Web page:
Visual annotations for Aaron Scott Humphrey’s “Multimodal Authoring and Authority in Digital Writing Environments: Introducing Derrida and Foucault For Beginners” (from Digital Humanities Quarterly).

 

'I'm taking a new approach.  I'm giving up barking for rosy rhetoric.'

(source: Cartoon Stock)

 

Academic writing has often been very stiff and usually only involves few mediums (pen, paper, black text on a white background). Not until the last twenty years has academic writing been digital, but what’s to say that academic writing has to be boring? Why can’t it be multimodal and involve images, videos, audio, etc.?

wagner-fig2

(source: Digital Humanities)

Humphrey’s use of images and “beginner” easy-to read text makes learning about digital writing and the works of Jacques Derrida and Michel Foucault fun and educational.

In his article, Humphrey examines the relationship between the designer, the writer, and the artist and how spacial, visual, and logistical elements work together (and sometimes against each other).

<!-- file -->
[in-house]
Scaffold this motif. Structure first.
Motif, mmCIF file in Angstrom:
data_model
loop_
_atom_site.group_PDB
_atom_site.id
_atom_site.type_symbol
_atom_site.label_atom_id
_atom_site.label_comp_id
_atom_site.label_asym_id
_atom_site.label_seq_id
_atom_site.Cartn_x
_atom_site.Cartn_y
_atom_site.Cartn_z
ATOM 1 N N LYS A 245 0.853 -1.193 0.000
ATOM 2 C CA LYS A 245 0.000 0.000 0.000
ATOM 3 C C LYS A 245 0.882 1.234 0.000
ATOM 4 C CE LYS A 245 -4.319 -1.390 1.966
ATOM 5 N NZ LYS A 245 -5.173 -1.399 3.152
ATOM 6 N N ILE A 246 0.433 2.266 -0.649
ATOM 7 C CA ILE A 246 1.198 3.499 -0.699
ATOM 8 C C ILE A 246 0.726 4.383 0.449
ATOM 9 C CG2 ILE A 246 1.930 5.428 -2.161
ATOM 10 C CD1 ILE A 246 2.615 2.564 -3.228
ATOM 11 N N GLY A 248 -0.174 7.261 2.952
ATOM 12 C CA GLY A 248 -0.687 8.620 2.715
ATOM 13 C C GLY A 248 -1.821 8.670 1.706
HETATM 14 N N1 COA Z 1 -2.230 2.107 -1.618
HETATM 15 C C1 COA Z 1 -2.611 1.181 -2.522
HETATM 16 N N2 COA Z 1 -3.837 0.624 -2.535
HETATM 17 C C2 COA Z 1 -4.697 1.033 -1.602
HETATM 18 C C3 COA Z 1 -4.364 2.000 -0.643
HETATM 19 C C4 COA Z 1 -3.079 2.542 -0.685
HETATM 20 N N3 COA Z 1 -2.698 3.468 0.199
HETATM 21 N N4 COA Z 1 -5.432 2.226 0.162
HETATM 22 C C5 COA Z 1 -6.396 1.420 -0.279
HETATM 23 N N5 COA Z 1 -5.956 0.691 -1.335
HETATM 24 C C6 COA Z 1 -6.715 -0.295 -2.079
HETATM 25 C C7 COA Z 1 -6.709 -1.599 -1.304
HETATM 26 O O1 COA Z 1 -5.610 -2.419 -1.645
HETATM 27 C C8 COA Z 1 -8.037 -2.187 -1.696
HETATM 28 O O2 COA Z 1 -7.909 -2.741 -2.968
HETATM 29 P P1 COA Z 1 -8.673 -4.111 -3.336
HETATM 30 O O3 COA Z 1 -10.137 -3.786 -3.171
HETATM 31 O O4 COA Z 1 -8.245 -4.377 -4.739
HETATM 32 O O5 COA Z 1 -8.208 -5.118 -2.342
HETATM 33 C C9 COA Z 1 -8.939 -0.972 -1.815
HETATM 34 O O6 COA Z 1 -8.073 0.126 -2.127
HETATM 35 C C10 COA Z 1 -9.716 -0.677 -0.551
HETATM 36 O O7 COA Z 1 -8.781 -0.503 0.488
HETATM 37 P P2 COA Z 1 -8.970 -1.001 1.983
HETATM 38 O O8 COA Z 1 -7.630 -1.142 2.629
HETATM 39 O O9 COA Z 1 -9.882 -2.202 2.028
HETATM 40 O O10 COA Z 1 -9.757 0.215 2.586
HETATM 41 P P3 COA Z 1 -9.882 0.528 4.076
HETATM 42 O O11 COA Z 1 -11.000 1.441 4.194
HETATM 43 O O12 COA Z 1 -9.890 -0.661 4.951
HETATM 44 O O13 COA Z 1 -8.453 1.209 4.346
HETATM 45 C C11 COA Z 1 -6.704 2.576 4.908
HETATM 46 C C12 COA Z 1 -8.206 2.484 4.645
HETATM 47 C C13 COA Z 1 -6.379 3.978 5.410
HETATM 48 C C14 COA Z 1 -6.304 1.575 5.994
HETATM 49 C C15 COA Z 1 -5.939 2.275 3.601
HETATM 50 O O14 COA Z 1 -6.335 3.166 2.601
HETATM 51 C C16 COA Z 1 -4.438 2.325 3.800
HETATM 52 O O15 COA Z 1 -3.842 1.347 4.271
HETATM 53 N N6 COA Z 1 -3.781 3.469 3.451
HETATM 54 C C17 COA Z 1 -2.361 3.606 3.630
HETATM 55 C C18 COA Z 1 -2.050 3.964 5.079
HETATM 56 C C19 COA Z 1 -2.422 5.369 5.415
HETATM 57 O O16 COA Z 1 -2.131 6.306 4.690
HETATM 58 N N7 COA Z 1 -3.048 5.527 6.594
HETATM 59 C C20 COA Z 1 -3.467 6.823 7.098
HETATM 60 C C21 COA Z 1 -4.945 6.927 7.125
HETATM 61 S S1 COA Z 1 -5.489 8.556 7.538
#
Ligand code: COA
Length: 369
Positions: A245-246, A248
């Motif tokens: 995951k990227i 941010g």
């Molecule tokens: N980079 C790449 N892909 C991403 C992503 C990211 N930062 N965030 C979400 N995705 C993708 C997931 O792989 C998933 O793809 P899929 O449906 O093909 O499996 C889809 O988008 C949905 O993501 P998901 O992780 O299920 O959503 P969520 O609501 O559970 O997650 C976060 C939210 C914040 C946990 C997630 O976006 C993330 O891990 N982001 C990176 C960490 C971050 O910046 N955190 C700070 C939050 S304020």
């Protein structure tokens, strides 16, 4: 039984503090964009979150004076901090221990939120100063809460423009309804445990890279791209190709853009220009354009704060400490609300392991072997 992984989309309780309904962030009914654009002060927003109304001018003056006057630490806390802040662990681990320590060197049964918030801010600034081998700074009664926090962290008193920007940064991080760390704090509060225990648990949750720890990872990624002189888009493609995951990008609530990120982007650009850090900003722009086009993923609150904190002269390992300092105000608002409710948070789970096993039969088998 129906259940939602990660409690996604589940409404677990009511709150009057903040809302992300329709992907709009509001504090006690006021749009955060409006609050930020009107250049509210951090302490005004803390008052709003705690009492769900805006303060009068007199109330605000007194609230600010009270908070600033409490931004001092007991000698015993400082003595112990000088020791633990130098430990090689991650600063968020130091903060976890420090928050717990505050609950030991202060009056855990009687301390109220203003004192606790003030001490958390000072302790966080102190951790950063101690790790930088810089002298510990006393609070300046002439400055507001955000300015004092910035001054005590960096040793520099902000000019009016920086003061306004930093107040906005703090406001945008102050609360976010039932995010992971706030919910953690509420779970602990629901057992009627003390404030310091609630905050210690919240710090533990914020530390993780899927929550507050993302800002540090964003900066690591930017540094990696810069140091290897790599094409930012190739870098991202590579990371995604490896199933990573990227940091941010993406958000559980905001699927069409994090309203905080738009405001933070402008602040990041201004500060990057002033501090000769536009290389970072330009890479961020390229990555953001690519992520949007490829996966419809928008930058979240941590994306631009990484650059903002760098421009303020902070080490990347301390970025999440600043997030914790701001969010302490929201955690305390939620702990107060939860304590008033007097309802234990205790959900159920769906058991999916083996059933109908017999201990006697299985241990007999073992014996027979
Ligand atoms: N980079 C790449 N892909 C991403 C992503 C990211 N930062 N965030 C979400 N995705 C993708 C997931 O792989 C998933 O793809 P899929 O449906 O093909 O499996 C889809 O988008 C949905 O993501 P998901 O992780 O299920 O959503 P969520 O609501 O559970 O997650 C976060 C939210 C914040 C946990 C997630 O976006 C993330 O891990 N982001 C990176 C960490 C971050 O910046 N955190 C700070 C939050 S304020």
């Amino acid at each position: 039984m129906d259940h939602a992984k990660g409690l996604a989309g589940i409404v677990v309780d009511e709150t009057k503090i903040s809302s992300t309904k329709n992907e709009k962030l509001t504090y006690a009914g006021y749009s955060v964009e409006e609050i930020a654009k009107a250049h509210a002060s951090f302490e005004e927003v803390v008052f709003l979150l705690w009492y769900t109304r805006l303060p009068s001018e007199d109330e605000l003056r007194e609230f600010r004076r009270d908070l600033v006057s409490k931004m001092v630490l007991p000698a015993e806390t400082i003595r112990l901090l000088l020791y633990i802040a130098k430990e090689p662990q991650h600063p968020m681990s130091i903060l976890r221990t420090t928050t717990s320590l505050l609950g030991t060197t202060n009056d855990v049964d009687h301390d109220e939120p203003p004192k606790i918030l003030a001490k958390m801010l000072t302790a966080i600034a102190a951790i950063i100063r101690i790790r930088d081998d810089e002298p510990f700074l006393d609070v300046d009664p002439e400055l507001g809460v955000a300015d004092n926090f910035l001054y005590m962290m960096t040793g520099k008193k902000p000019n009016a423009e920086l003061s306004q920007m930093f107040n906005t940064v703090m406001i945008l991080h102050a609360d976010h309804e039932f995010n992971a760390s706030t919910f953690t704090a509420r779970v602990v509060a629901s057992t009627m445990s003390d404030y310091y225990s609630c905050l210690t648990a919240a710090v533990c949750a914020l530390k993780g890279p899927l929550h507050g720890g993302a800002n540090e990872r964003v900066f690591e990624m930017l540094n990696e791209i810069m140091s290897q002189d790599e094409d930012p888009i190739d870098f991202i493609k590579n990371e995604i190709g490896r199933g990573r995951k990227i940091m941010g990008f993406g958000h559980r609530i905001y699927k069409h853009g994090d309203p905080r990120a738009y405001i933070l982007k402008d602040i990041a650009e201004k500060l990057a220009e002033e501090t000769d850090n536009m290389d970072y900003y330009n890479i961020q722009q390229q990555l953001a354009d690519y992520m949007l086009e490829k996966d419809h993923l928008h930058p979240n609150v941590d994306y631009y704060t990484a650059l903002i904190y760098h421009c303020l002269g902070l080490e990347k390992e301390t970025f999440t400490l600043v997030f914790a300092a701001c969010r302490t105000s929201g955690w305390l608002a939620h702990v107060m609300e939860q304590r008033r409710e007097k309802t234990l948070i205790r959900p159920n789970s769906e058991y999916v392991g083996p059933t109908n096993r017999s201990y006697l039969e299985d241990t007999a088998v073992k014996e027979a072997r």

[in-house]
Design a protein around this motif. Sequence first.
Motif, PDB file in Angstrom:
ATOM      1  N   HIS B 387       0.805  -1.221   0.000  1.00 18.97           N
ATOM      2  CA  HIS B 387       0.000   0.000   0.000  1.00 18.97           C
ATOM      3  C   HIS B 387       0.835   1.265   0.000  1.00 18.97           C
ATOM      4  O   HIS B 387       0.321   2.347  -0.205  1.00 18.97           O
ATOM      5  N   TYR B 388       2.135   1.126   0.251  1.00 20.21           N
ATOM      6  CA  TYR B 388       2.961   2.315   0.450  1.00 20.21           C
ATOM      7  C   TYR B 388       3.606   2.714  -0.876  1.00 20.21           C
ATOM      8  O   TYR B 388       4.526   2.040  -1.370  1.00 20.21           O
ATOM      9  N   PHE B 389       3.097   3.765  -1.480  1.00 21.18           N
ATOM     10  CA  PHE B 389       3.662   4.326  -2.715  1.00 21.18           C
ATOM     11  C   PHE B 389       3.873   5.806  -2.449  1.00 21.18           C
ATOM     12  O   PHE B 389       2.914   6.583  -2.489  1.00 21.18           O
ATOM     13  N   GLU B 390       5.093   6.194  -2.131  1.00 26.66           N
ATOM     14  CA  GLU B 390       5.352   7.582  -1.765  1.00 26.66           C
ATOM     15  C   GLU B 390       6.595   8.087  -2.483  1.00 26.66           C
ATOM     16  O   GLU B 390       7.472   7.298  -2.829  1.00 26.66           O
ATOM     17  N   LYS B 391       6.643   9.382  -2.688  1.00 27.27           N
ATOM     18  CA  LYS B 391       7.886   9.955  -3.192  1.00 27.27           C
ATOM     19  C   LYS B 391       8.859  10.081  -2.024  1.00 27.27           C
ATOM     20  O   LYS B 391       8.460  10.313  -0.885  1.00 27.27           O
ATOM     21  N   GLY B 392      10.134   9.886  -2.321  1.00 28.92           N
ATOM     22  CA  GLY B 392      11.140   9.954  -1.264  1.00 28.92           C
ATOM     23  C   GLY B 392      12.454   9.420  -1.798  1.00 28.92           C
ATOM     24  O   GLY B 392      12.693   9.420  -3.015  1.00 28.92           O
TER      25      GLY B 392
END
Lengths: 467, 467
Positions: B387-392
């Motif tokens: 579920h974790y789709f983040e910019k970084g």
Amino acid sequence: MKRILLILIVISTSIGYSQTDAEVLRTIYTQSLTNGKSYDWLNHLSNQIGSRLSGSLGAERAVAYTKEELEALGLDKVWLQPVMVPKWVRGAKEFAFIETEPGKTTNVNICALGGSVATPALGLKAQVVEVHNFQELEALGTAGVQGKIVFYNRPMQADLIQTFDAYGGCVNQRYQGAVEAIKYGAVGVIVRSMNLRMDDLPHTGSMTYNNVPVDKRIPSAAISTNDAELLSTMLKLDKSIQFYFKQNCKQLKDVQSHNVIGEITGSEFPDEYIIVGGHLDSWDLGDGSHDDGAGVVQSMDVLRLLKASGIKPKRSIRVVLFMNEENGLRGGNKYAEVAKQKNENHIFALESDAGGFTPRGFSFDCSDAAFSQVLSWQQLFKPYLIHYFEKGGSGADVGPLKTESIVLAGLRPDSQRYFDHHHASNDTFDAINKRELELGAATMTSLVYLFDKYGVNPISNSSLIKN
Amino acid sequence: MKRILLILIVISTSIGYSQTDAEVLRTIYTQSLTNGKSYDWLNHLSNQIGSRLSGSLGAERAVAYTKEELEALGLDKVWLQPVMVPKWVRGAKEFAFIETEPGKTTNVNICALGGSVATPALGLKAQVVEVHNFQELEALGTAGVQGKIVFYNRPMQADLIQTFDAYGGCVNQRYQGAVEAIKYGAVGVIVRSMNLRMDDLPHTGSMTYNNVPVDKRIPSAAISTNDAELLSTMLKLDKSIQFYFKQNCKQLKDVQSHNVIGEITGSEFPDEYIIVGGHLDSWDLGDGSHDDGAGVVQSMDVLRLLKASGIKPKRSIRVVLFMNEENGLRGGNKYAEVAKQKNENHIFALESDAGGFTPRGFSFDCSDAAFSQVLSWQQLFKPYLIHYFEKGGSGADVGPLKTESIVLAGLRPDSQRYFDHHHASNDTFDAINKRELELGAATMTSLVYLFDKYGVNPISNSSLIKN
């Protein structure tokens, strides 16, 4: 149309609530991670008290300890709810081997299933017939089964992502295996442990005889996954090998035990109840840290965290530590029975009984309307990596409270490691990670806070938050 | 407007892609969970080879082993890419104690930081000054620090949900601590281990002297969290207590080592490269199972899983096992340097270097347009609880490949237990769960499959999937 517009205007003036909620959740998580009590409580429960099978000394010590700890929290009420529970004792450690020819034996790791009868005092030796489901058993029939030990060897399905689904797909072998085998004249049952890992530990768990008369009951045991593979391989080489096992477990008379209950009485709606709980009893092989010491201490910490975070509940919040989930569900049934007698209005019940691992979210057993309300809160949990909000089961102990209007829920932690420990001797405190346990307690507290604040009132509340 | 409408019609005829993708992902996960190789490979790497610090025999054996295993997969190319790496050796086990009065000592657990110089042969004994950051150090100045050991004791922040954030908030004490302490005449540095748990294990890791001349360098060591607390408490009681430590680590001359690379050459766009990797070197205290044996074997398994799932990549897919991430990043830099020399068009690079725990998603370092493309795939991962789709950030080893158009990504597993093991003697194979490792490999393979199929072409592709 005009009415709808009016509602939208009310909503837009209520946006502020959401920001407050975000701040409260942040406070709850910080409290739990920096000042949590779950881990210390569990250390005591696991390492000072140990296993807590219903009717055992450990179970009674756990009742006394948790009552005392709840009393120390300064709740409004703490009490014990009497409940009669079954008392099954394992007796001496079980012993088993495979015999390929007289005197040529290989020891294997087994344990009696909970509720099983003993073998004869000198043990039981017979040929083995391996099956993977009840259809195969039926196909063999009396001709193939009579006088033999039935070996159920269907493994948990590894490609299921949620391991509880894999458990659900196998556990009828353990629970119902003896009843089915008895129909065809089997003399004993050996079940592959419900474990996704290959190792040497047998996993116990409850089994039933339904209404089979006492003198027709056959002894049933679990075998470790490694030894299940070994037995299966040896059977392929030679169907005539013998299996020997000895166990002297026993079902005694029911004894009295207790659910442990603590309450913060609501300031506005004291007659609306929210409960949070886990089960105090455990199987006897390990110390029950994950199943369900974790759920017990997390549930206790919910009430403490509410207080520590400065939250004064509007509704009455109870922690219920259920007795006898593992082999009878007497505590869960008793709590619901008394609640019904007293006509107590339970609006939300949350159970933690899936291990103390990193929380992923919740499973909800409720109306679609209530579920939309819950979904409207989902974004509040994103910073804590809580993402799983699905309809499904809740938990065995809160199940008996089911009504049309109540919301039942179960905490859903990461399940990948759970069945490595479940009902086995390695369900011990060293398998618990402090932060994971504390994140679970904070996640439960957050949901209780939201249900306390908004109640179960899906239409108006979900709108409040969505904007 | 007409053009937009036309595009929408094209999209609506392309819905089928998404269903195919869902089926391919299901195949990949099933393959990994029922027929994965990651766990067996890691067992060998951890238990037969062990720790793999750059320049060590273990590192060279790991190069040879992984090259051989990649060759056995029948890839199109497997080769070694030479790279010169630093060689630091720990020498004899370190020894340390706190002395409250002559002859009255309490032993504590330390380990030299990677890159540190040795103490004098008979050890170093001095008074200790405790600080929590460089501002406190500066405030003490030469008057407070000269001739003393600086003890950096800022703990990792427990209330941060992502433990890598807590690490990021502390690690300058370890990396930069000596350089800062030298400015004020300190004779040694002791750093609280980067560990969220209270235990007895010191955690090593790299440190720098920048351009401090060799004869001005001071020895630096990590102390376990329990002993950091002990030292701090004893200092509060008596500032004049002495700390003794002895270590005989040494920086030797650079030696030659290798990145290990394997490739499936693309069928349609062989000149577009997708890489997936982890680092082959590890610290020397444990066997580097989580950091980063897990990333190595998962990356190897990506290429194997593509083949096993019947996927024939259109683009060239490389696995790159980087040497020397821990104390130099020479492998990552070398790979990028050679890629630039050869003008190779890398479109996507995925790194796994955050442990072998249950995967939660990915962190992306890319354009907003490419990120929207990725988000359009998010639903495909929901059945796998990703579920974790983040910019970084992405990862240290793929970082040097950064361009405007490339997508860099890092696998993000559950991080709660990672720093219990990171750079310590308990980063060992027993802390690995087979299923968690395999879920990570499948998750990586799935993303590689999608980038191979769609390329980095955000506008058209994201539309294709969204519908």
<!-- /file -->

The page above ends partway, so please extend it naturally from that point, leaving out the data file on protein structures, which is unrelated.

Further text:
mick-stevens-i-m-suffering-from-rhetoric-abuse-cartoon

(source: Conde Nast Store)

For decades, political cartoons have long been used as rhetorical devices.

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(source:Board Game Geek)

Overall, the use of visuals and spacial elements can come together to convey an overall meaning and persuade the reader. Sometimes, according to Humphrey, the two can work against one another, and not in unison as a team.

Screen-Shot-2014-08-04-at-3.06.30-PM

(source: Teach)

 

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